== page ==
The weight savings associated with aluminum, titanium, and carbon fiber have little value if the manual wheelchair is not configured to meet the client’s individual needs. Providers are emphasizing the value of customizing the wheelchair to fit the end user like an extension of their body, similarly to principles applied to orthotics and prosthetics. Long live the days of automatically adding 2 inches of width and depth to the frame, to accommodate for growth and weight gain, without consideration of upper extremity position or the implications for accessibility and mobility.
Many manufacturers offer the ability to customize frame length. A person may choose to extend their frame length by 1 inch to reduce front loading on the casters while achieving forward position of the rear wheels. This ensures optimal efficiency, maneuverability, and safety, and reduces risk for upper extremity injury by positioning the rear axle under the shoulder joint.
In addition to tailoring the frame length to meet the client’s preferences and mobility needs, clients are requesting compact frame widths to reduce their overall footprint and reduce the visibility of their frame. New emphasis is placed on seeing the client first before seeing the wheelchair they are seated in. A person who measures 16 inches wide may receive a wheelchair that is 16 inches wide, rather than 18 inches wide, per old standards. The many benefits of reducing the width of the frame include improved alignment of the shoulder joints by reducing humeral abduction, improved accessibility within the home and community, and reduced weight of the wheelchair.
Other customizable features of ultra-lightweight manual wheelchair configuration include rear wheel adjustment in the vertical and horizontal planes and rear wheel camber. A forward position of the axle is preferred as it reduces rolling resistance, allows for easier navigation and propulsion efficiency, and reduces the risk of upper extremity strain. Vertical plane adjustment of the rear wheel enables tailoring of the seat height. Optimization of the horizontal and vertical axle position guarantees the client maximizes contact with the rim, thereby achieving powerful propulsion with fewer strokes. Clients are also choosing to increase the camber of the rear wheels for improved maneuverability by bringing the rim closer to their body. Preference to reduce frame width affords the end user the opportunity to increase the camber without compromising accessibility.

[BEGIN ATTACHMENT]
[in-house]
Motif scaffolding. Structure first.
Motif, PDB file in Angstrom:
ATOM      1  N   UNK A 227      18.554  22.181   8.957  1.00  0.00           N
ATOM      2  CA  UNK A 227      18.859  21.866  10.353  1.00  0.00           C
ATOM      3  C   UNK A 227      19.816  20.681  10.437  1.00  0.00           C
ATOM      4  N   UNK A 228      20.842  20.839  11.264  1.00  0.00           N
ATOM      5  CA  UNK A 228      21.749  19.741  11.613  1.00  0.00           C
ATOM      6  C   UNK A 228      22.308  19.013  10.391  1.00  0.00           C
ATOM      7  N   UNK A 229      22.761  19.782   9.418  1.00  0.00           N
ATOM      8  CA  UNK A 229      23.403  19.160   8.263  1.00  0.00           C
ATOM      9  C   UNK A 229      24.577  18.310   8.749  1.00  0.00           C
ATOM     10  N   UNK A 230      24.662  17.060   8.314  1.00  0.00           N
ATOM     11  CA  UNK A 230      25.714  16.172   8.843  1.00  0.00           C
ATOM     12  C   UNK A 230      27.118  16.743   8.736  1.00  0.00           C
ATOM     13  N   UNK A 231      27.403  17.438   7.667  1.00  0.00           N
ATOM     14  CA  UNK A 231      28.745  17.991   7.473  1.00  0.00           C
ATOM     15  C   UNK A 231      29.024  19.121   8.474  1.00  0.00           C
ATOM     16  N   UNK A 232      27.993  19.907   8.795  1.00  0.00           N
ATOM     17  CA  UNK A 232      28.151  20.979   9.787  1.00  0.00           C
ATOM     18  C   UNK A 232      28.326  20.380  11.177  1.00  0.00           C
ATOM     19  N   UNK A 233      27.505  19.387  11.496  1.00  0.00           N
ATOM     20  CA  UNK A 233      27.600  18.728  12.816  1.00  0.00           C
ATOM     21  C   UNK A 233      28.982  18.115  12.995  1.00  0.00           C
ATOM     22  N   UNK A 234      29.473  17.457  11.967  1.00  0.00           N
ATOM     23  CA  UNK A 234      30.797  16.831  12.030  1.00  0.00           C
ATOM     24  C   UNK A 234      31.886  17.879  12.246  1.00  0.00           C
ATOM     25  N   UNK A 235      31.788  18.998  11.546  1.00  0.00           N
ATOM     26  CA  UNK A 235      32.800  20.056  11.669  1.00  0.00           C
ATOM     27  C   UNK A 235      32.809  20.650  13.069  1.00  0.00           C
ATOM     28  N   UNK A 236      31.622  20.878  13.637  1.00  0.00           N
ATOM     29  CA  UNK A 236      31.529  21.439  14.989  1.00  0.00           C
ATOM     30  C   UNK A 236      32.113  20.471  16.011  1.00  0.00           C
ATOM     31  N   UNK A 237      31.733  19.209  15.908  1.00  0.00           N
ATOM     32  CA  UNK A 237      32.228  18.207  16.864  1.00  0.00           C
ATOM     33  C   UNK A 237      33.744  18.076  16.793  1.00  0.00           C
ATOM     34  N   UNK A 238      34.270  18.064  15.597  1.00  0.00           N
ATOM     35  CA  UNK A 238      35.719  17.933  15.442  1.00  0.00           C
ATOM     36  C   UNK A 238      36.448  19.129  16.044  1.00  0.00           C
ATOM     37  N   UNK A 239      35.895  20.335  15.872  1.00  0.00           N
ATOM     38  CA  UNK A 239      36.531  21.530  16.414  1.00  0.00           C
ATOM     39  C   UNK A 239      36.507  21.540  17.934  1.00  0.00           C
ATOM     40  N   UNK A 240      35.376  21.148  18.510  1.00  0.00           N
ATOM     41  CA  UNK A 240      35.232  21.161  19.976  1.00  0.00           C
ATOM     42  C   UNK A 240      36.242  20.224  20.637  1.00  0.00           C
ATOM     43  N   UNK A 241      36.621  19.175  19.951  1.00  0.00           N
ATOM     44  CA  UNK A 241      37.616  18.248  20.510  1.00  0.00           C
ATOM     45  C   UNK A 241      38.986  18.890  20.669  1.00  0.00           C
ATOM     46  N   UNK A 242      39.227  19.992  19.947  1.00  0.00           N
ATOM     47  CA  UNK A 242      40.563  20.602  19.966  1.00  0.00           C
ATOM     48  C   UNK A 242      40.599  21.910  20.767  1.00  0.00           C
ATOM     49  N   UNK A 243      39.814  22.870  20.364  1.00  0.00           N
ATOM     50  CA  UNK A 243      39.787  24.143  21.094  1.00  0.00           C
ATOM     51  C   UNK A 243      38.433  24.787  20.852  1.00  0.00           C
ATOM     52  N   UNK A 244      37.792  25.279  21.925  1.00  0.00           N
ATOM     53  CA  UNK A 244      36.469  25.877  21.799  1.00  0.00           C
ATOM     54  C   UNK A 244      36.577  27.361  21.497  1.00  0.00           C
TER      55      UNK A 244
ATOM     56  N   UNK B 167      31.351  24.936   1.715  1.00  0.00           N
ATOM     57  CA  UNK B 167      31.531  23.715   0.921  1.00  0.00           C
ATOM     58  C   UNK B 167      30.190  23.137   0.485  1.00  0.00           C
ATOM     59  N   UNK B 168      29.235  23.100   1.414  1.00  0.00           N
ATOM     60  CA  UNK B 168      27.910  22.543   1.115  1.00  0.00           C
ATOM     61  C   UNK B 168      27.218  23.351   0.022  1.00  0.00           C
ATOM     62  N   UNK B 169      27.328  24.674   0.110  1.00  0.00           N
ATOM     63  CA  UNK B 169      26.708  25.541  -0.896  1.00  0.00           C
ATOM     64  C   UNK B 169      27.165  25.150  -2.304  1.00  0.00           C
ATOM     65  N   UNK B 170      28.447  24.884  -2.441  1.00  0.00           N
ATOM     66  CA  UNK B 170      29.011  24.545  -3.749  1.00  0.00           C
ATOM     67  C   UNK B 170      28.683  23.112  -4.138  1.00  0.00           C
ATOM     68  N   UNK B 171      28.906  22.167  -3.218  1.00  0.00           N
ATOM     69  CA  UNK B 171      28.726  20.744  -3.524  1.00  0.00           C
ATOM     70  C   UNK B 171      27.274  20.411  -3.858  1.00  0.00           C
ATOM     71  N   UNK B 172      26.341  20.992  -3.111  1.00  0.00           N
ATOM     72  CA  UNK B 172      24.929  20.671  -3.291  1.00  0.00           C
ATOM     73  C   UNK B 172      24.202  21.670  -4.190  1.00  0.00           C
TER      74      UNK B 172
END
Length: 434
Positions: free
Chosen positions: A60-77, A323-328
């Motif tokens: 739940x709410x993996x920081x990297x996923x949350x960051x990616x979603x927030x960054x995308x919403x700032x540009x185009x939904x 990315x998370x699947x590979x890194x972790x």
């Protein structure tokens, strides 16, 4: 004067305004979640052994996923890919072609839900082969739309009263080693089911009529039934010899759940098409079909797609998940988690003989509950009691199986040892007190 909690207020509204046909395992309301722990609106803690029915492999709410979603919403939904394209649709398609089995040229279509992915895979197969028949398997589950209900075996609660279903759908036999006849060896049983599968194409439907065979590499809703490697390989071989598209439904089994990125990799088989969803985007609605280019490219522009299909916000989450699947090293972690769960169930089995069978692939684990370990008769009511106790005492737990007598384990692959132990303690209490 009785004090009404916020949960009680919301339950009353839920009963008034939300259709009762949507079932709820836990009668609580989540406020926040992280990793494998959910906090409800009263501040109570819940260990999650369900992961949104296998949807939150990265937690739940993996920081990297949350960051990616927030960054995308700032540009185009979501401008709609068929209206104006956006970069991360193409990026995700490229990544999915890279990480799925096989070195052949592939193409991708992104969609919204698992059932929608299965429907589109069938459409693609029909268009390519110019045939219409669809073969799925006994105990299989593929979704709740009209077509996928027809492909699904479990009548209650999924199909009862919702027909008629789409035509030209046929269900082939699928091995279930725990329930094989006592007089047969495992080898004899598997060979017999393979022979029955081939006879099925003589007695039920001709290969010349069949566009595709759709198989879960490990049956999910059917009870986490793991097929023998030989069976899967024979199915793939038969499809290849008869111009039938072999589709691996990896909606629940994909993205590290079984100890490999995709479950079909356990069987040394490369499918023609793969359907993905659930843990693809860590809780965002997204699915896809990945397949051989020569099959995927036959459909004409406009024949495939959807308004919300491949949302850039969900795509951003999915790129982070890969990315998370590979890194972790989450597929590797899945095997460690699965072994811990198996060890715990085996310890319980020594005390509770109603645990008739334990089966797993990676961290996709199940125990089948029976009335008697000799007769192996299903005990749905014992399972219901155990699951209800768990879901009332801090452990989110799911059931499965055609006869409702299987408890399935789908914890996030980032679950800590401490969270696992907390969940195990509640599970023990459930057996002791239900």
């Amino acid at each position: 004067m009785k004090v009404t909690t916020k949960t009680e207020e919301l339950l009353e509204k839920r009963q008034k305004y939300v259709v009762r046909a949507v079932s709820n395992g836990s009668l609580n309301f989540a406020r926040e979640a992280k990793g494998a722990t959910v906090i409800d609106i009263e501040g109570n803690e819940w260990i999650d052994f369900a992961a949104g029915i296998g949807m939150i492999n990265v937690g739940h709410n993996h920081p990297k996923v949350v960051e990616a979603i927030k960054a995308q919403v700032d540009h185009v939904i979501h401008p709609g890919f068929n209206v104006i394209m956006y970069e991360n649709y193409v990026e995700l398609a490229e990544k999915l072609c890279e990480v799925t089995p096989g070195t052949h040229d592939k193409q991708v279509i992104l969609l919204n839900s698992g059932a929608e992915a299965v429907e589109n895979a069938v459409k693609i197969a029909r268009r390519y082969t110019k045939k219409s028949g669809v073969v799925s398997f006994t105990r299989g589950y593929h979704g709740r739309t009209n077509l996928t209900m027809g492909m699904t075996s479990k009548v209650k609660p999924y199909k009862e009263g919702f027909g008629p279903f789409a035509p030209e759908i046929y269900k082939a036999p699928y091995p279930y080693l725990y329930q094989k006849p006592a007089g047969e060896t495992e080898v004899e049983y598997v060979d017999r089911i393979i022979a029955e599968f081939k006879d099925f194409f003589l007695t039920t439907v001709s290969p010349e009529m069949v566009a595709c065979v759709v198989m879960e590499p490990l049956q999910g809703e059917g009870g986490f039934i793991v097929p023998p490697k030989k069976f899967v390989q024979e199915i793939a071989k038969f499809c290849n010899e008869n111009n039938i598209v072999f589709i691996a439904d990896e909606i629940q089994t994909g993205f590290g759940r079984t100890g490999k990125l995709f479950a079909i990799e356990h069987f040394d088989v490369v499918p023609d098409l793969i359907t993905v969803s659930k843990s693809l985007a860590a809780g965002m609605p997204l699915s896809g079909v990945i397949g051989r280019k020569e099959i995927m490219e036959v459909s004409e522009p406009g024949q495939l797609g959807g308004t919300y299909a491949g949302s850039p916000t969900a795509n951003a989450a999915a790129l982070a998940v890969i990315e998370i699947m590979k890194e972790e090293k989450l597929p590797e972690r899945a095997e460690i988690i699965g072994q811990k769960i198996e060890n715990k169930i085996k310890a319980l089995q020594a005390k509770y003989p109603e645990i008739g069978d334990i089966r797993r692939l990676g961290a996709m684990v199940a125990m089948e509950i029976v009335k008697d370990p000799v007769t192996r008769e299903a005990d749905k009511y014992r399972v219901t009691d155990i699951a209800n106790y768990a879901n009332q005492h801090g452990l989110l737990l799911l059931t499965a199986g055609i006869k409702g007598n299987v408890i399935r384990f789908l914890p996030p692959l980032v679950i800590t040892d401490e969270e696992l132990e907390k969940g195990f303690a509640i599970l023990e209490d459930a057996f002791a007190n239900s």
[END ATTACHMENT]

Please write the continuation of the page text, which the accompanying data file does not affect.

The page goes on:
Due to the number of ways which a manual wheelchair frame can be customized to fit the client, it is imperative that the end user is actively involved in their wheelchair prescription. The modern end user has the benefit of exploring the Internet and is educated about their options and preferences prior to attending seating clinic.